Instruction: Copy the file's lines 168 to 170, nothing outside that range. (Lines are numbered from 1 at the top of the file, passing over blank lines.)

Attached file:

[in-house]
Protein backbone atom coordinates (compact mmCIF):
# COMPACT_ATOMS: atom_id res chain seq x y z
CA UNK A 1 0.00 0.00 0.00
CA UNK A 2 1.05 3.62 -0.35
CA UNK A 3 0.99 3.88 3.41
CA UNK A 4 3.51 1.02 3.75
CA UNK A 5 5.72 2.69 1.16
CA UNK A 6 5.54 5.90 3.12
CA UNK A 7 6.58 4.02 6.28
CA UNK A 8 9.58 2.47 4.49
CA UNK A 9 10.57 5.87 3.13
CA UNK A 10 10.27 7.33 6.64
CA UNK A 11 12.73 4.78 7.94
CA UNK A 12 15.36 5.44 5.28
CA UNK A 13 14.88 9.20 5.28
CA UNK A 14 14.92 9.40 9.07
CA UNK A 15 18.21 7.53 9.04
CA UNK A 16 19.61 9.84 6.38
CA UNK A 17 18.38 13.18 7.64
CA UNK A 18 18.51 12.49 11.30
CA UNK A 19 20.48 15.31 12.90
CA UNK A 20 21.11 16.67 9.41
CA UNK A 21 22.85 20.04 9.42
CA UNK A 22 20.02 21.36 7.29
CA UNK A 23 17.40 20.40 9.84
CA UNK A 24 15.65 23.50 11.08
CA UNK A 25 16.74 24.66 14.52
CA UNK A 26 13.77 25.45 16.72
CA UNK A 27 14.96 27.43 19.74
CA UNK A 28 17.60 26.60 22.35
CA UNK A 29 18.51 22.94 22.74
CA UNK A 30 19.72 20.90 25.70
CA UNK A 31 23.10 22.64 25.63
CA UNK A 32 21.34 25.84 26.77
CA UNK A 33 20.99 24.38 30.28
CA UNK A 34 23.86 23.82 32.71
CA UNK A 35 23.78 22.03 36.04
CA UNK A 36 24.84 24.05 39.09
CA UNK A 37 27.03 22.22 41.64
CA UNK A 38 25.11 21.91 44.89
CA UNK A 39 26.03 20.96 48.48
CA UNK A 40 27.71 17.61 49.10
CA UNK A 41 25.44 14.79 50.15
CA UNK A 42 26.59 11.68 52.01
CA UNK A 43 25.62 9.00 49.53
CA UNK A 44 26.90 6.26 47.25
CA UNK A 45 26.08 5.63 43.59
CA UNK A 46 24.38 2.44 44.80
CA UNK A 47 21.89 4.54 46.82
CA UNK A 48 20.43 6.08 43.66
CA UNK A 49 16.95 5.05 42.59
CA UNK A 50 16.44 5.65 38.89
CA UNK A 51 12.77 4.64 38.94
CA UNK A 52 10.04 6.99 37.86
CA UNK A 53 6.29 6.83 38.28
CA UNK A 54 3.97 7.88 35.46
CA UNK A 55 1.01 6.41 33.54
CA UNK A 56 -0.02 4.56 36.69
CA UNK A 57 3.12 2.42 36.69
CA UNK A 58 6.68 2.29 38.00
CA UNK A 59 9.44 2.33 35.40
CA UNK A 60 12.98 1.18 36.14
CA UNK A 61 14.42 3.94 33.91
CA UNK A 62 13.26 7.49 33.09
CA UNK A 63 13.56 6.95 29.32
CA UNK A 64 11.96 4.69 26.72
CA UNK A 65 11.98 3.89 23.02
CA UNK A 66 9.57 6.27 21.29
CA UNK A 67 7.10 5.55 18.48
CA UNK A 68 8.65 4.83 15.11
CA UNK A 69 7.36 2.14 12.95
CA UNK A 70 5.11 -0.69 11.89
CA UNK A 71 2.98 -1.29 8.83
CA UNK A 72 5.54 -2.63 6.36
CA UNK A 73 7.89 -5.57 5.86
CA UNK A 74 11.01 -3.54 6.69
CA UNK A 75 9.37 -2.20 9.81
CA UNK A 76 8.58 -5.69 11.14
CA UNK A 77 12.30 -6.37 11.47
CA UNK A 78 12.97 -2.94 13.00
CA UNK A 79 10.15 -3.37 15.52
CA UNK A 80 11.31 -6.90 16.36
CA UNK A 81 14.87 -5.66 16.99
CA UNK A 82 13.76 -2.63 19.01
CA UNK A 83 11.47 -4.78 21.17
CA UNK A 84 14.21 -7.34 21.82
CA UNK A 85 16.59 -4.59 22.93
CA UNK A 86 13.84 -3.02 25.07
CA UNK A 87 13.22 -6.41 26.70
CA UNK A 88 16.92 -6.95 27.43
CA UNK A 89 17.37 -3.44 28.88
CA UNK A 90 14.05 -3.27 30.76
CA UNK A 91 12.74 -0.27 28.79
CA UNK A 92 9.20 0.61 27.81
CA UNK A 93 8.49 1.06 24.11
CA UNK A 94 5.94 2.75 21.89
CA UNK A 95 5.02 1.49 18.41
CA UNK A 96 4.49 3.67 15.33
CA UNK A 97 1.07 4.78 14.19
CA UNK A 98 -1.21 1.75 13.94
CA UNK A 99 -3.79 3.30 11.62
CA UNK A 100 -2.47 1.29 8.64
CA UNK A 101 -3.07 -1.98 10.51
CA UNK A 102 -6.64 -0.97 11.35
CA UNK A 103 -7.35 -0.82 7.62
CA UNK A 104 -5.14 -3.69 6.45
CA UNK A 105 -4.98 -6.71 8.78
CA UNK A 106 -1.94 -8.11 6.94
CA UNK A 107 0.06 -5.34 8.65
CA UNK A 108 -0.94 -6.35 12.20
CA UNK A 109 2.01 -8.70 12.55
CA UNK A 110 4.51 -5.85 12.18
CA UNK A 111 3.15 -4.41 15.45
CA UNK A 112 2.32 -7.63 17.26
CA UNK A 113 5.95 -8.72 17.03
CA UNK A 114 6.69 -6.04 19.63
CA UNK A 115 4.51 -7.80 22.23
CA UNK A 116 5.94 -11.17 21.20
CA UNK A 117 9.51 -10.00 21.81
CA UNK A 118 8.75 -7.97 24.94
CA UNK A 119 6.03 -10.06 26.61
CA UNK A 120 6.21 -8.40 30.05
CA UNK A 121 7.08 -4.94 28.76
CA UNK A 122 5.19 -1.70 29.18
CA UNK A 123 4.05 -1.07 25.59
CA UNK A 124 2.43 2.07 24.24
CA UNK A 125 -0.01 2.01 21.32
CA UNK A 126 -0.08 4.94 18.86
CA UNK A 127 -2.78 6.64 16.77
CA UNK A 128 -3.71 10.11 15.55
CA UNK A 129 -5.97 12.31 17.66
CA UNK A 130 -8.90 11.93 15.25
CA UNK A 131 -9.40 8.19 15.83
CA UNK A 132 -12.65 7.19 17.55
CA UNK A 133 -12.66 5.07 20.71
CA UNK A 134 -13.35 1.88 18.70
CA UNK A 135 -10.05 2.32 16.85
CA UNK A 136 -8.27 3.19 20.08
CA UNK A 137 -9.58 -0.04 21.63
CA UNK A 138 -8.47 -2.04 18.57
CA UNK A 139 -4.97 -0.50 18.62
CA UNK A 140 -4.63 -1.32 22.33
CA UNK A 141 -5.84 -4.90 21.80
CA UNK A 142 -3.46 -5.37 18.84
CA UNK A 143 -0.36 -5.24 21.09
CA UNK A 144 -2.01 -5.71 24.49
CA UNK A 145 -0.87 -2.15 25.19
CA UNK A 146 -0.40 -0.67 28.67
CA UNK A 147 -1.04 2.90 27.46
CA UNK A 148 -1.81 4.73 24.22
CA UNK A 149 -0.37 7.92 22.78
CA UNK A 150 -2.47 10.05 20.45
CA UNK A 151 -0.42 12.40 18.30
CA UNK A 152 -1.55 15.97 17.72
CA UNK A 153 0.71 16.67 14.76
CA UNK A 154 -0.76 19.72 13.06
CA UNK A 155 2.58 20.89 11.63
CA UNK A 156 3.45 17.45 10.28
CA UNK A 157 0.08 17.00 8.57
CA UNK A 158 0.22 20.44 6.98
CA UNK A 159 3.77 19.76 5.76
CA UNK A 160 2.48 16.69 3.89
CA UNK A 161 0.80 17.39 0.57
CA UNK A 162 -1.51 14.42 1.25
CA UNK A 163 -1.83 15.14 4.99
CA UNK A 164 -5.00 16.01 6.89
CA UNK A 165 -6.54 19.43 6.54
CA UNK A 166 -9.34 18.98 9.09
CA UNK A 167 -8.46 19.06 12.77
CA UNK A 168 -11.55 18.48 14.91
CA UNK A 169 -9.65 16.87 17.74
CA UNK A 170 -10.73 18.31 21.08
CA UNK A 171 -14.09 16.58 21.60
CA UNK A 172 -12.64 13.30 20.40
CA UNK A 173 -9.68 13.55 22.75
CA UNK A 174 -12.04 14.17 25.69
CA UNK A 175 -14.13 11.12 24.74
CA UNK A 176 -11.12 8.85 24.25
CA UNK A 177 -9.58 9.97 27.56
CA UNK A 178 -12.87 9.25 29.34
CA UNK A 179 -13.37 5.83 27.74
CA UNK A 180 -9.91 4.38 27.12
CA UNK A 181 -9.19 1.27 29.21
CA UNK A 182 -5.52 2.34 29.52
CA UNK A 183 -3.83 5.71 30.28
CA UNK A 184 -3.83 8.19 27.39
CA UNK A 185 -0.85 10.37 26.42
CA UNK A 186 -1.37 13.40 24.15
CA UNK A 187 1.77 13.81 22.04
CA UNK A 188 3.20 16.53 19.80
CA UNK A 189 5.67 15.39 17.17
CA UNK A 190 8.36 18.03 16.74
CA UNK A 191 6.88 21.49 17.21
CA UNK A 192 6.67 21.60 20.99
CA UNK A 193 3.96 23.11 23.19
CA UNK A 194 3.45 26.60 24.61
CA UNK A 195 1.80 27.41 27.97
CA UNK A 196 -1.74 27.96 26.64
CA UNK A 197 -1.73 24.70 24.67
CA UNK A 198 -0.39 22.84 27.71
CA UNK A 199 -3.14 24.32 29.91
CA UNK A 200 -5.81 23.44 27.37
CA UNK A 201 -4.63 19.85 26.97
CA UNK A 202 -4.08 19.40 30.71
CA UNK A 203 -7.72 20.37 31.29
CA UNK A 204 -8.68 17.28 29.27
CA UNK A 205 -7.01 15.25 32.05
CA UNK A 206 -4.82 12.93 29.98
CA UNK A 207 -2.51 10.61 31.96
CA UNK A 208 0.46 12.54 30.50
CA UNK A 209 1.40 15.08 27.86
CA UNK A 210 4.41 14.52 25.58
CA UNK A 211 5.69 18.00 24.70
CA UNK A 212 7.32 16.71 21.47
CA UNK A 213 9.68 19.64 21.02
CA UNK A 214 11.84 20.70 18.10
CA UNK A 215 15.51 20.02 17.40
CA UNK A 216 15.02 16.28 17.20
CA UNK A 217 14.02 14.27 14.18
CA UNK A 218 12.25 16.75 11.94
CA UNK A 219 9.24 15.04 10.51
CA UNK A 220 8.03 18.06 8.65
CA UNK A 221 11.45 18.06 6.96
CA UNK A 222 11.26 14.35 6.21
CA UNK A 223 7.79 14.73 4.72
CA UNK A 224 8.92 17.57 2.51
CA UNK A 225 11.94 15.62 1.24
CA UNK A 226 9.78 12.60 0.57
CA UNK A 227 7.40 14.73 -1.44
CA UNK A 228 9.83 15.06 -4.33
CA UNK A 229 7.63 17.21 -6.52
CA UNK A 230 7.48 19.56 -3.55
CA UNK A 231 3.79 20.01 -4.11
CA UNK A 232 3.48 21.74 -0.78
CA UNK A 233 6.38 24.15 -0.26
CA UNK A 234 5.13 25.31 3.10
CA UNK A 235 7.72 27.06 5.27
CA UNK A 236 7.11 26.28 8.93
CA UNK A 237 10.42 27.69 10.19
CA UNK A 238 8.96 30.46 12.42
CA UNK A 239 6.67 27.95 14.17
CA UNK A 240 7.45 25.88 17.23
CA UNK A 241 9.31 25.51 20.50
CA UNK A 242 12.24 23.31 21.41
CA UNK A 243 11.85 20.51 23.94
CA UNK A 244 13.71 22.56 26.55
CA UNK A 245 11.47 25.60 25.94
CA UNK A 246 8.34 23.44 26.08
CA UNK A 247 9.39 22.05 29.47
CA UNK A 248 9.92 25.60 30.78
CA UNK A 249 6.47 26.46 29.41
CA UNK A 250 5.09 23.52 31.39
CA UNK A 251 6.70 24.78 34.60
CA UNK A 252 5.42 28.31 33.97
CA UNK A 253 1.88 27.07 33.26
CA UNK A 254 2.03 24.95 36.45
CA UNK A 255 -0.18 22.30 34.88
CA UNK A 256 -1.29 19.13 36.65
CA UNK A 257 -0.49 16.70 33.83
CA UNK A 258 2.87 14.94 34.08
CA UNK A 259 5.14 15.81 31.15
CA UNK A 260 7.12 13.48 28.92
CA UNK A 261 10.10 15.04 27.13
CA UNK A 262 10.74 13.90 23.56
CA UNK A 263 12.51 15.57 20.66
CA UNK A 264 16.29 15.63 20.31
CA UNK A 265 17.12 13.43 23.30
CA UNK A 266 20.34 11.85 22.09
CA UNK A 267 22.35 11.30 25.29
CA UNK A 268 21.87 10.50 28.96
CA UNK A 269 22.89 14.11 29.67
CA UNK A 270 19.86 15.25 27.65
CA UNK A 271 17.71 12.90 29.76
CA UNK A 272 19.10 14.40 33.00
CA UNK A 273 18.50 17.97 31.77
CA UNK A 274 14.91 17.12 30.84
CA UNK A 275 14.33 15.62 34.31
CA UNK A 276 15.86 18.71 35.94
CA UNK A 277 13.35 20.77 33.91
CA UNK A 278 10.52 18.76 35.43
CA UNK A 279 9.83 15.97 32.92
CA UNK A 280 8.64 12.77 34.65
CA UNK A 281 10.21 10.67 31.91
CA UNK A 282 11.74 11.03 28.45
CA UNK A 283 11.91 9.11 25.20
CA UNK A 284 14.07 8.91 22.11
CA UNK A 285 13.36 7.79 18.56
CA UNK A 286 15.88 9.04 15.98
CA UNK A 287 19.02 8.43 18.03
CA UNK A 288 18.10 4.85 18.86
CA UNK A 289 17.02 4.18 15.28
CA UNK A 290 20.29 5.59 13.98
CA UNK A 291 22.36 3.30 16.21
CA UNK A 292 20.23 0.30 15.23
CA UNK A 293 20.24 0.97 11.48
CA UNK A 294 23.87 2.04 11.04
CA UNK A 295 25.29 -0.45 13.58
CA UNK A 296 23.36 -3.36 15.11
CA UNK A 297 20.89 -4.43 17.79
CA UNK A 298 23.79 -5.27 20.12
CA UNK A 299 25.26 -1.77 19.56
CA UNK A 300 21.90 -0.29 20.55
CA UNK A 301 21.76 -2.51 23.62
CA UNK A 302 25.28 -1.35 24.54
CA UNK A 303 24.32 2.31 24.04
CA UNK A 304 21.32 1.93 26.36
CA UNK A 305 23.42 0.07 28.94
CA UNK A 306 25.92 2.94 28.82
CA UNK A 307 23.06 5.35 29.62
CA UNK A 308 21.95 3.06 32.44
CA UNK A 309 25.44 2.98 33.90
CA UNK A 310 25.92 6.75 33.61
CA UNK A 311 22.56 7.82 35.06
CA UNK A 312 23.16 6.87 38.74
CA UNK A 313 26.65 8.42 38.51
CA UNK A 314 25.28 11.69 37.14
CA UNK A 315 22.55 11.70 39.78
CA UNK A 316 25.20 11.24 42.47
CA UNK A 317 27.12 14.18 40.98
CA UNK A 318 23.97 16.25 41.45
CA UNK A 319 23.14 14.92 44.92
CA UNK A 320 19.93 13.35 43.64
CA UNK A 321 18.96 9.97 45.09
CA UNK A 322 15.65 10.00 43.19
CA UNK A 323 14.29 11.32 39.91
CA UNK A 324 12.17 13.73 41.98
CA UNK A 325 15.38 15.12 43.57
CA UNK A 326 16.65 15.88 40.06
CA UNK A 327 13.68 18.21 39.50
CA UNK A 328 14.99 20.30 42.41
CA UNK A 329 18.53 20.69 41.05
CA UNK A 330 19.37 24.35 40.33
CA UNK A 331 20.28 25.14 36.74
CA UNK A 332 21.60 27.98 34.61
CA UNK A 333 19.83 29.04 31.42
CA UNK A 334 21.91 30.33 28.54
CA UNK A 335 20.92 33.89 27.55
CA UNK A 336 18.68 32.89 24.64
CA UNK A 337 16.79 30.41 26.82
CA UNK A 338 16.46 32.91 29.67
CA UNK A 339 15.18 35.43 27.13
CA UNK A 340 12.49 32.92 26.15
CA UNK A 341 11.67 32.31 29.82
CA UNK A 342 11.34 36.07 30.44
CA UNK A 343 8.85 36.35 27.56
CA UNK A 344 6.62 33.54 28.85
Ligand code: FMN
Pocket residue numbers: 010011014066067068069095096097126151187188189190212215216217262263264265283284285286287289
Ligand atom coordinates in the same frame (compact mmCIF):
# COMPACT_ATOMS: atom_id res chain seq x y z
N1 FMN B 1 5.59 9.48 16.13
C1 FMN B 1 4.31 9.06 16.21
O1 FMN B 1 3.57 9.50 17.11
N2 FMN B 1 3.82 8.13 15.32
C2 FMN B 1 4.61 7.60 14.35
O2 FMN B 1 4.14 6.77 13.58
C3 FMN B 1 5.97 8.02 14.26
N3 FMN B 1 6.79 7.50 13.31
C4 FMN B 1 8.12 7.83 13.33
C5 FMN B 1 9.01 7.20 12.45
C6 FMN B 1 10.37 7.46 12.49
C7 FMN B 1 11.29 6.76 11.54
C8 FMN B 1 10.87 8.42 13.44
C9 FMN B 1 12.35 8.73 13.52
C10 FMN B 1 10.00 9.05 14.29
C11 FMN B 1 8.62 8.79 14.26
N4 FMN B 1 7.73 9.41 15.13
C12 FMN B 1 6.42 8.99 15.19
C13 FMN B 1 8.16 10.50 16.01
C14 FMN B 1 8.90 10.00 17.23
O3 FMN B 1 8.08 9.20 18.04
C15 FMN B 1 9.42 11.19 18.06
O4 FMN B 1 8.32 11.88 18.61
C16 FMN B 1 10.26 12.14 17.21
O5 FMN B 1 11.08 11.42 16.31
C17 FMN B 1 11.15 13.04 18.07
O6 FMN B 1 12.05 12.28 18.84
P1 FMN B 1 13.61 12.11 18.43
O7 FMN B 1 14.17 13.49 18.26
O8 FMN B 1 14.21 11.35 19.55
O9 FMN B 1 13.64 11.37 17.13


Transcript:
CA UNK A 165 -6.54 19.43 6.54
CA UNK A 166 -9.34 18.98 9.09
CA UNK A 167 -8.46 19.06 12.77